Carl Griffey, professor of crop and soil environmental sciences in the College of Agriculture and Life Sciences at Virginia Tech, was recently named the W.G. Wysor Professor of Agriculture by the Virginia Tech Board of Visitors.
The W.G. Wysor Professorship was established by the Southern States Cooperative, Inc. to honor the founder of Southern States and its chief executive officer from 1923 to 1948. The professorship recognizes excellence in service and the candidate’s potential to further impact the college and Virginia agriculture. The term of the professorship is five years.
Griffey joined the department as an assistant professor in 1989, was promoted to associate professor in 1995, and to full professor in 2002. He has earned the distinction of being the premier small grains breeder in the eastern United States. He directs one of a handful of superior breeding programs in the nation.
In the past 22 years, Griffey's program has developed and released seven hulled barley varieties, three hull-less barley varieties, and 60 wheat varieties, including soft red winter, soft white winter, hard red winter, and winter durum types. Virginia Tech's wheat varieties have been grown in 16 states and Ontario, and barley varieties are grown in eight states. He has brought more than $3.3 million in sponsored research funding and nearly $8 million in royalties to Virginia Tech.
Griffey has been honored by the U.S. Department of Agriculture’s Agricultural Research Service, the Governor of Virginia, the Virginia Agribusiness Council, and the Virginia Small Grains Association. In 2009, he was named a Fellow of the American Society of Agronomy — the highest award bestowed by that organization.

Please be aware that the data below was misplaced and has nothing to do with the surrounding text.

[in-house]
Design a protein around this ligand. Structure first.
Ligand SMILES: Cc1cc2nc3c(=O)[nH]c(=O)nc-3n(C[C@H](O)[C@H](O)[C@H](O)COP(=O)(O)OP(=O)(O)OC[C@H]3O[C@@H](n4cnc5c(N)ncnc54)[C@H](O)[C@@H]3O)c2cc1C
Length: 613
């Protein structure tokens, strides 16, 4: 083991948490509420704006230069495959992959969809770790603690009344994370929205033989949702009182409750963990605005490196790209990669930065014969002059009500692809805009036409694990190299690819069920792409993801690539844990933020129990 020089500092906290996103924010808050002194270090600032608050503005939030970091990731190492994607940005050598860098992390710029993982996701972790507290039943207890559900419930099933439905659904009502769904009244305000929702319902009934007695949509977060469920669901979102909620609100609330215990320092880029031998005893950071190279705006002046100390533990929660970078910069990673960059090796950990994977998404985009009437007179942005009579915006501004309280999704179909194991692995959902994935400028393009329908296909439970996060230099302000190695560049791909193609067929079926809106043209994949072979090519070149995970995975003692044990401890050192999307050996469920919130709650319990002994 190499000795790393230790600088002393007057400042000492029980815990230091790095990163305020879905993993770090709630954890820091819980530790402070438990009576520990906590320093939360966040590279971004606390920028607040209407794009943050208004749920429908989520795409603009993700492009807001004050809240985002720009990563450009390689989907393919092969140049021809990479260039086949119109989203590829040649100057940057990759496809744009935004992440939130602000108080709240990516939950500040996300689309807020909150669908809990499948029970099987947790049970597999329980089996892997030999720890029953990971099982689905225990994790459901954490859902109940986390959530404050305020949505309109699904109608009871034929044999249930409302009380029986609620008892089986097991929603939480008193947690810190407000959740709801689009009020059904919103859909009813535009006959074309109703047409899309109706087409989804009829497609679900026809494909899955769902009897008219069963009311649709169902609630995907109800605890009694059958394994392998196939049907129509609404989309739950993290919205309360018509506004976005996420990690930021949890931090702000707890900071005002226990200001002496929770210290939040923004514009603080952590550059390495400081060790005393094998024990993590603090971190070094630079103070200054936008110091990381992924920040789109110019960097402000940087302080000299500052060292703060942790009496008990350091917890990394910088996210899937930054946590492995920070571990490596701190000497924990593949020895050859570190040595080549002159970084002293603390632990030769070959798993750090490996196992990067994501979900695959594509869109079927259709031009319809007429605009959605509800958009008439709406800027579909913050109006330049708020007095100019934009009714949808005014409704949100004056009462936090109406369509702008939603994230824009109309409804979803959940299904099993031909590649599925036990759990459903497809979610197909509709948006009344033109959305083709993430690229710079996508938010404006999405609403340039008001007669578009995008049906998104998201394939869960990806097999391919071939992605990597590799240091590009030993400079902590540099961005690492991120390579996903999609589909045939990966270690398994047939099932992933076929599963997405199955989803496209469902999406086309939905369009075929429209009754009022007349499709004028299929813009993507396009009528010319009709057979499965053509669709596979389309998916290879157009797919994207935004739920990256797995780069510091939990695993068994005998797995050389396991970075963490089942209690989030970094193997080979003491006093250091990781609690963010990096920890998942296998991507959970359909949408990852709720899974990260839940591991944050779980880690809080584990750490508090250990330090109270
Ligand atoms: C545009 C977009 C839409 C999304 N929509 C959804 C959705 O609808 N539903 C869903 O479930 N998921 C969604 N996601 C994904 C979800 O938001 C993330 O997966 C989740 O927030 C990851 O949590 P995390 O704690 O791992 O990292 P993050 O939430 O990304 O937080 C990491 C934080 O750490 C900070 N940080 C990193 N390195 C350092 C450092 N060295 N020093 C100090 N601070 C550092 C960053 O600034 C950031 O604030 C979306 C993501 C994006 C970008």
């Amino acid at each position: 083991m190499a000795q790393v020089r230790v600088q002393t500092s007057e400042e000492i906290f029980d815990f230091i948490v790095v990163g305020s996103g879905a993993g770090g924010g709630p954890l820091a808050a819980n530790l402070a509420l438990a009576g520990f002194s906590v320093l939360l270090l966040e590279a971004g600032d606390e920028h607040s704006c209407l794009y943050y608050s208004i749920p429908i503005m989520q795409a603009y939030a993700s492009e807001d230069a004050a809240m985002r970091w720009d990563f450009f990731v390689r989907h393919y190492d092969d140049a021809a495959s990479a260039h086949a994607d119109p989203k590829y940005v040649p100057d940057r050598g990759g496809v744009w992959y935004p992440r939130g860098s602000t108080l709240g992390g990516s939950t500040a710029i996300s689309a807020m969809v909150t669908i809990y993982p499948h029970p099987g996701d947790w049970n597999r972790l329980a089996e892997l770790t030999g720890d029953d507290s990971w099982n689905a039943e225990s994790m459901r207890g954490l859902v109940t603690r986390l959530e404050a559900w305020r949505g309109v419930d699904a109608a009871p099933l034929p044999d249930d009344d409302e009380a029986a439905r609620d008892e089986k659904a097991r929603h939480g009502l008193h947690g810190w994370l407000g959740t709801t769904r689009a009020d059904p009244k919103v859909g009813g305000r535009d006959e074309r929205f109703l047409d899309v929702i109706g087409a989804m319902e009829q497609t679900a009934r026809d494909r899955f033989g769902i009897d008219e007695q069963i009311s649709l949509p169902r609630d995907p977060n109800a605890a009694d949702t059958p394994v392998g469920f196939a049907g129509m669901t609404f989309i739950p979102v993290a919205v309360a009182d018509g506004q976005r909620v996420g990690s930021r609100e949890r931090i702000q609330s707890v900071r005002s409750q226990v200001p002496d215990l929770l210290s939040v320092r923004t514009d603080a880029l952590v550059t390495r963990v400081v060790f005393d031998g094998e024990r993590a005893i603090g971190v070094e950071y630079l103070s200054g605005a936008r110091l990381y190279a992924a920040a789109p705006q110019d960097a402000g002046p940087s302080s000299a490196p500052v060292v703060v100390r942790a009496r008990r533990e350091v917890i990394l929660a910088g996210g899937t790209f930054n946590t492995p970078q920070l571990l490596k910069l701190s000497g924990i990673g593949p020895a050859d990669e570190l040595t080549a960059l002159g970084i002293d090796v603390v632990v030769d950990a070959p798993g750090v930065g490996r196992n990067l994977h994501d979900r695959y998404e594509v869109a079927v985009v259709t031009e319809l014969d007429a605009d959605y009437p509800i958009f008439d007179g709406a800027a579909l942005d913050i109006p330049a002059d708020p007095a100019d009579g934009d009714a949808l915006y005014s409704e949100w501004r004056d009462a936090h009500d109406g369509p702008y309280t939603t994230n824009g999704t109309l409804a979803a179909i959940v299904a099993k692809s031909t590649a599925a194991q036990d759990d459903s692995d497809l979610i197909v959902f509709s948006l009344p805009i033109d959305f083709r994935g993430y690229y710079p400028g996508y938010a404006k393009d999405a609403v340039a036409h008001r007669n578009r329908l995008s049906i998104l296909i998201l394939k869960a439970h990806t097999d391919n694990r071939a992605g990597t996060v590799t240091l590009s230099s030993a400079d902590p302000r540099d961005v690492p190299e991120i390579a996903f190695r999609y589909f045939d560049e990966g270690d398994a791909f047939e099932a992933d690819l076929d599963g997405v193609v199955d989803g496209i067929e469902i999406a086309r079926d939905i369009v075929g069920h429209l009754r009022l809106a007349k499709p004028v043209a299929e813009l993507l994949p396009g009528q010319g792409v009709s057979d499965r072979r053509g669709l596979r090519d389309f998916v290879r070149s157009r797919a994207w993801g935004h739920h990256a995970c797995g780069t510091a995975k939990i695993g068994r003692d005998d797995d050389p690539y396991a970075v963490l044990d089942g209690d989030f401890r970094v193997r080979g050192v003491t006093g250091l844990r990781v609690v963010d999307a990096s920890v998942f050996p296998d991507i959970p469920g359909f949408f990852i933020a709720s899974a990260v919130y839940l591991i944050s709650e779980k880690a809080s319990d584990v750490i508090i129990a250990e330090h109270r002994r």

He has served as major professor for 18 graduate students, including 10 Ph.D. students. He serves on numerous other student committees. Griffey teaches the graduate-level Advanced Plant Genetics and Breeding course and consistently receives outstanding student evaluation scores.
Griffey received his bachelor’s degree from the University of Tennessee, a master’s degree from Washington State University, and a Ph.D. from the University of Nebraska.
Dedicated to its motto, Ut Prosim (That I May Serve), Virginia Tech takes a hands-on, engaging approach to education, preparing scholars to be leaders in their fields and communities. As the commonwealth’s most comprehensive university and its leading research institution, Virginia Tech offers 240 undergraduate and graduate degree programs to more than 31,000 students and manages a research portfolio of $513 million. The university fulfills its land-grant mission of transforming knowledge to practice through technological leadership and by fueling economic growth and job creation locally, regionally, and across Virginia.